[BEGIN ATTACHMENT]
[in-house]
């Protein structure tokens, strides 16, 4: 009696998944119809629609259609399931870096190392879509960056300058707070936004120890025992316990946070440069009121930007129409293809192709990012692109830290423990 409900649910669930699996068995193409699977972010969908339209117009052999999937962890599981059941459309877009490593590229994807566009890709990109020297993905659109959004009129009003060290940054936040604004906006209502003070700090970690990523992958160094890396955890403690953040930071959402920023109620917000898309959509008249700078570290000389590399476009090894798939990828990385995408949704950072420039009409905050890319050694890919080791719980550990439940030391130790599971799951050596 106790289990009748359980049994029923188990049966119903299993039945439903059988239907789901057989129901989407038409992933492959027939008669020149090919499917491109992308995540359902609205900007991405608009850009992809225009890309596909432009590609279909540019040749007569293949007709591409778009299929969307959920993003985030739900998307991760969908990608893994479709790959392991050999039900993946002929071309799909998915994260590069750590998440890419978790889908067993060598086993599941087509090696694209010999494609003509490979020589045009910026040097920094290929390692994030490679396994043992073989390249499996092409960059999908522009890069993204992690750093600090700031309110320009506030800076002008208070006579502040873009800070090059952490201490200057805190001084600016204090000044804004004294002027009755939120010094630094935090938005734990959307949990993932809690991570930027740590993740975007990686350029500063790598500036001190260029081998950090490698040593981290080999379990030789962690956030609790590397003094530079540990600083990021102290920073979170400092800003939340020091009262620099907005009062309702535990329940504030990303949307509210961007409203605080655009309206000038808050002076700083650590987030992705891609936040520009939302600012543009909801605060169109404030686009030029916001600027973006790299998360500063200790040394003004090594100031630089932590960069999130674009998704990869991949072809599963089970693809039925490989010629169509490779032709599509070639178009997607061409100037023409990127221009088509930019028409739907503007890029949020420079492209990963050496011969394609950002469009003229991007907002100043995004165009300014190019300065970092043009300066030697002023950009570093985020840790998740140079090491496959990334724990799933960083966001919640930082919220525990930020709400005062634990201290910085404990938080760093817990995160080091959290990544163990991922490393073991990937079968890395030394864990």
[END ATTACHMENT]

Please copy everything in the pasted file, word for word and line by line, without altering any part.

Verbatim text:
[in-house]
């Protein structure tokens, strides 16, 4: 009696998944119809629609259609399931870096190392879509960056300058707070936004120890025992316990946070440069009121930007129409293809192709990012692109830290423990 409900649910669930699996068995193409699977972010969908339209117009052999999937962890599981059941459309877009490593590229994807566009890709990109020297993905659109959004009129009003060290940054936040604004906006209502003070700090970690990523992958160094890396955890403690953040930071959402920023109620917000898309959509008249700078570290000389590399476009090894798939990828990385995408949704950072420039009409905050890319050694890919080791719980550990439940030391130790599971799951050596 106790289990009748359980049994029923188990049966119903299993039945439903059988239907789901057989129901989407038409992933492959027939008669020149090919499917491109992308995540359902609205900007991405608009850009992809225009890309596909432009590609279909540019040749007569293949007709591409778009299929969307959920993003985030739900998307991760969908990608893994479709790959392991050999039900993946002929071309799909998915994260590069750590998440890419978790889908067993060598086993599941087509090696694209010999494609003509490979020589045009910026040097920094290929390692994030490679396994043992073989390249499996092409960059999908522009890069993204992690750093600090700031309110320009506030800076002008208070006579502040873009800070090059952490201490200057805190001084600016204090000044804004004294002027009755939120010094630094935090938005734990959307949990993932809690991570930027740590993740975007990686350029500063790598500036001190260029081998950090490698040593981290080999379990030789962690956030609790590397003094530079540990600083990021102290920073979170400092800003939340020091009262620099907005009062309702535990329940504030990303949307509210961007409203605080655009309206000038808050002076700083650590987030992705891609936040520009939302600012543009909801605060169109404030686009030029916001600027973006790299998360500063200790040394003004090594100031630089932590960069999130674009998704990869991949072809599963089970693809039925490989010629169509490779032709599509070639178009997607061409100037023409990127221009088509930019028409739907503007890029949020420079492209990963050496011969394609950002469009003229991007907002100043995004165009300014190019300065970092043009300066030697002023950009570093985020840790998740140079090491496959990334724990799933960083966001919640930082919220525990930020709400005062634990201290910085404990938080760093817990995160080091959290990544163990991922490393073991990937079968890395030394864990």